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How to break through algo trading/Hedge funds firms

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Senior Software Engineer [L5] at Google5 months ago

I have been working at FAANG companies for 5+ years and would love to consider changing my industry to algo trading / hedge fund firms such as Capital, Jane Street, etc. I heard these companies offer amazing compensations and learning opportunities.

I was wondering what is the best way to break through the industry? Any tips or learning experiences for those that have undergone this transition?

Thank you

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    Tech Lead/Manager at Meta, Pinterest, Kosei
    5 months ago

    I can understand the appeal of working in one of these fancy high-tech firms: high cash compensation (not tied to RSUs), high prestige, and fascinating work.

    However, just to make sure you do it with eyes wide open, here's a counterargument from friends who have made the transition:

    • At most financial firms, the traders are at the top of the hierarchy, and software devs can be treated as support functions for traders. Contrast this to FAANG, where engineers are treated with the highest regard. (Of course, this depends on the firm, and if you're in a purely algorithmic trading firm, this is less likely to be an issue.)
    • Work/life balance can be a lot worse. There can also be more stress since it's easier to identify each person's contributions to PnL (profit/loss). FAANG will generally have better hours than finance firms.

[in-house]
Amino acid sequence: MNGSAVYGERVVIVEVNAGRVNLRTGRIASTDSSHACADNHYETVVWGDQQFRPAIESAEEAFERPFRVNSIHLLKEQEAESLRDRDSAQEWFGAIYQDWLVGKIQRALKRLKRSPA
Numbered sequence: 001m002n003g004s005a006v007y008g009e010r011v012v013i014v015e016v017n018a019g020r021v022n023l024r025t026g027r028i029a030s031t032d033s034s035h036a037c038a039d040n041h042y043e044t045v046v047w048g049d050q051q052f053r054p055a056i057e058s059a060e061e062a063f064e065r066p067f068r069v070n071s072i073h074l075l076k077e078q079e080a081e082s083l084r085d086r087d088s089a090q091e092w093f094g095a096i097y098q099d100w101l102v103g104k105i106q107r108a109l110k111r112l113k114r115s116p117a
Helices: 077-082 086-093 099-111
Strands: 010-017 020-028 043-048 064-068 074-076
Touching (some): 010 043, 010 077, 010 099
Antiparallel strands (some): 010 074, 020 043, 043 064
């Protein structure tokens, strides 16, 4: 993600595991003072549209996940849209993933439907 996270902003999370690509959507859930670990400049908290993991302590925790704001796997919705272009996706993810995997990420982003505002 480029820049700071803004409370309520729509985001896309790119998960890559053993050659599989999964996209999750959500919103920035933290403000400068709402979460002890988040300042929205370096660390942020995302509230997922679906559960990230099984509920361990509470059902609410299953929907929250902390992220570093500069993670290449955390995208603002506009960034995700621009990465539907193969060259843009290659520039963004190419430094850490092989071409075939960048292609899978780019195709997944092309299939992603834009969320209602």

Here's the masterclass on finding a company which is a good fit: [Masterclass] How To Choose A Good Company And Team As A Software Engineer

    To answer your question directly:

    • Most of the normal advice for finding a job will apply as you explore algo trading companies: relationships are key. Find other ex-FAANG folks (either in Taro or your Google friends) who made the transition and ask about their experience.
    • Step 1 is getting the interview, step 2 is passing the interview. Are you confident in your ability to pass step 1? If not, don't spend much time on step 2; most of your time should go into developing a prioritized list of companies, and connecting with those people.
    • My sense from doing these interviews a decade ago is that they're much more mathematical/theoretical than Big Tech interviews. Showing mathematical prowess or some trading project will likely help.

    Some additional resources:

    Good luck!